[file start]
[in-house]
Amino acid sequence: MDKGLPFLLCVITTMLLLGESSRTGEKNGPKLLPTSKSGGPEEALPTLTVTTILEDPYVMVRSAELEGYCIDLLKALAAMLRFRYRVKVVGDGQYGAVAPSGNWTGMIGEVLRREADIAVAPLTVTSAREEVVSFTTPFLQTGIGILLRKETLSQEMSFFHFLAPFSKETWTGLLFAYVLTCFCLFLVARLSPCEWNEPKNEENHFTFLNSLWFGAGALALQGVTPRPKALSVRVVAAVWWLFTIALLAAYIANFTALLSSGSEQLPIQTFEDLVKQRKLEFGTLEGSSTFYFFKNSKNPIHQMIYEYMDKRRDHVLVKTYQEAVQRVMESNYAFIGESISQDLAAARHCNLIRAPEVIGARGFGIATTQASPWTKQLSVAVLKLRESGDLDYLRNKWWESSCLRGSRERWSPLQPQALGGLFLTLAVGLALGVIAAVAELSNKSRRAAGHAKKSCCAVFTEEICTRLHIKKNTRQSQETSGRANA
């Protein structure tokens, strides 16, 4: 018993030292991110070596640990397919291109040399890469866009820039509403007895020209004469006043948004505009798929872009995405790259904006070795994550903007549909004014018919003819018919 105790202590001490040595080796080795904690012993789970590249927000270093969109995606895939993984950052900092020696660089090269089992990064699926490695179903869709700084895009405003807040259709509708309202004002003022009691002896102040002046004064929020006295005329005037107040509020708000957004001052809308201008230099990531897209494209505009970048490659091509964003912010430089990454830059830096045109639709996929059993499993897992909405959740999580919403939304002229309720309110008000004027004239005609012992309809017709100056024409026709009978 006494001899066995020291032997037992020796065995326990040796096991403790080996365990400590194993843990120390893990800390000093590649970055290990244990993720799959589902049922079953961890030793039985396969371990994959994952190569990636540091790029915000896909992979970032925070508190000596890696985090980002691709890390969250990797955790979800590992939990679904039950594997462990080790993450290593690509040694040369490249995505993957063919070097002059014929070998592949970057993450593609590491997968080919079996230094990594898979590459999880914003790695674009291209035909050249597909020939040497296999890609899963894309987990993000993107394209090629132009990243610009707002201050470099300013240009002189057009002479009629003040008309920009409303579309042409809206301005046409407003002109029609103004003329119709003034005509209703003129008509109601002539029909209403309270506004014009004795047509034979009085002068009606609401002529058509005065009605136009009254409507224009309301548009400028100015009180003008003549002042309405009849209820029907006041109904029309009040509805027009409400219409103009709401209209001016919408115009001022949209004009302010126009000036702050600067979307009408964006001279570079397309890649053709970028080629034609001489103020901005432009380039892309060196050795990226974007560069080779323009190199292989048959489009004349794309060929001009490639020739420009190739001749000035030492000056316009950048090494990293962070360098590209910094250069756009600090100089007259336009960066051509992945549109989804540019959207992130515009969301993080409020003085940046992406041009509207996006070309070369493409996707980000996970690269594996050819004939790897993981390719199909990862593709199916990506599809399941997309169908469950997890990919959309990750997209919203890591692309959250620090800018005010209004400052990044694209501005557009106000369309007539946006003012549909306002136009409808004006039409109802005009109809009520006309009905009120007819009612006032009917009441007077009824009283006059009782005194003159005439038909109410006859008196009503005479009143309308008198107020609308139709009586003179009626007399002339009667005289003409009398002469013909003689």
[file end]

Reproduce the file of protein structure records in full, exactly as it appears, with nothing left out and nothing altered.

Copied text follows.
[in-house]
Amino acid sequence: MDKGLPFLLCVITTMLLLGESSRTGEKNGPKLLPTSKSGGPEEALPTLTVTTILEDPYVMVRSAELEGYCIDLLKALAAMLRFRYRVKVVGDGQYGAVAPSGNWTGMIGEVLRREADIAVAPLTVTSAREEVVSFTTPFLQTGIGILLRKETLSQEMSFFHFLAPFSKETWTGLLFAYVLTCFCLFLVARLSPCEWNEPKNEENHFTFLNSLWFGAGALALQGVTPRPKALSVRVVAAVWWLFTIALLAAYIANFTALLSSGSEQLPIQTFEDLVKQRKLEFGTLEGSSTFYFFKNSKNPIHQMIYEYMDKRRDHVLVKTYQEAVQRVMESNYAFIGESISQDLAAARHCNLIRAPEVIGARGFGIATTQASPWTKQLSVAVLKLRESGDLDYLRNKWWESSCLRGSRERWSPLQPQALGGLFLTLAVGLALGVIAAVAELSNKSRRAAGHAKKSCCAVFTEEICTRLHIKKNTRQSQETSGRANA
């Protein structure tokens, strides 16, 4: 018993030292991110070596640990397919291109040399890469866009820039509403007895020209004469006043948004505009798929872009995405790259904006070795994550903007549909004014018919003819018919 105790202590001490040595080796080795904690012993789970590249927000270093969109995606895939993984950052900092020696660089090269089992990064699926490695179903869709700084895009405003807040259709509708309202004002003022009691002896102040002046004064929020006295005329005037107040509020708000957004001052809308201008230099990531897209494209505009970048490659091509964003912010430089990454830059830096045109639709996929059993499993897992909405959740999580919403939304002229309720309110008000004027004239005609012992309809017709100056024409026709009978 006494001899066995020291032997037992020796065995326990040796096991403790080996365990400590194993843990120390893990800390000093590649970055290990244990993720799959589902049922079953961890030793039985396969371990994959994952190569990636540091790029915000896909992979970032925070508190000596890696985090980002691709890390969250990797955790979800590992939990679904039950594997462990080790993450290593690509040694040369490249995505993957063919070097002059014929070998592949970057993450593609590491997968080919079996230094990594898979590459999880914003790695674009291209035909050249597909020939040497296999890609899963894309987990993000993107394209090629132009990243610009707002201050470099300013240009002189057009002479009629003040008309920009409303579309042409809206301005046409407003002109029609103004003329119709003034005509209703003129008509109601002539029909209403309270506004014009004795047509034979009085002068009606609401002529058509005065009605136009009254409507224009309301548009400028100015009180003008003549002042309405009849209820029907006041109904029309009040509805027009409400219409103009709401209209001016919408115009001022949209004009302010126009000036702050600067979307009408964006001279570079397309890649053709970028080629034609001489103020901005432009380039892309060196050795990226974007560069080779323009190199292989048959489009004349794309060929001009490639020739420009190739001749000035030492000056316009950048090494990293962070360098590209910094250069756009600090100089007259336009960066051509992945549109989804540019959207992130515009969301993080409020003085940046992406041009509207996006070309070369493409996707980000996970690269594996050819004939790897993981390719199909990862593709199916990506599809399941997309169908469950997890990919959309990750997209919203890591692309959250620090800018005010209004400052990044694209501005557009106000369309007539946006003012549909306002136009409808004006039409109802005009109809009520006309009905009120007819009612006032009917009441007077009824009283006059009782005194003159005439038909109410006859008196009503005479009143309308008198107020609308139709009586003179009626007399002339009667005289003409009398002469013909003689």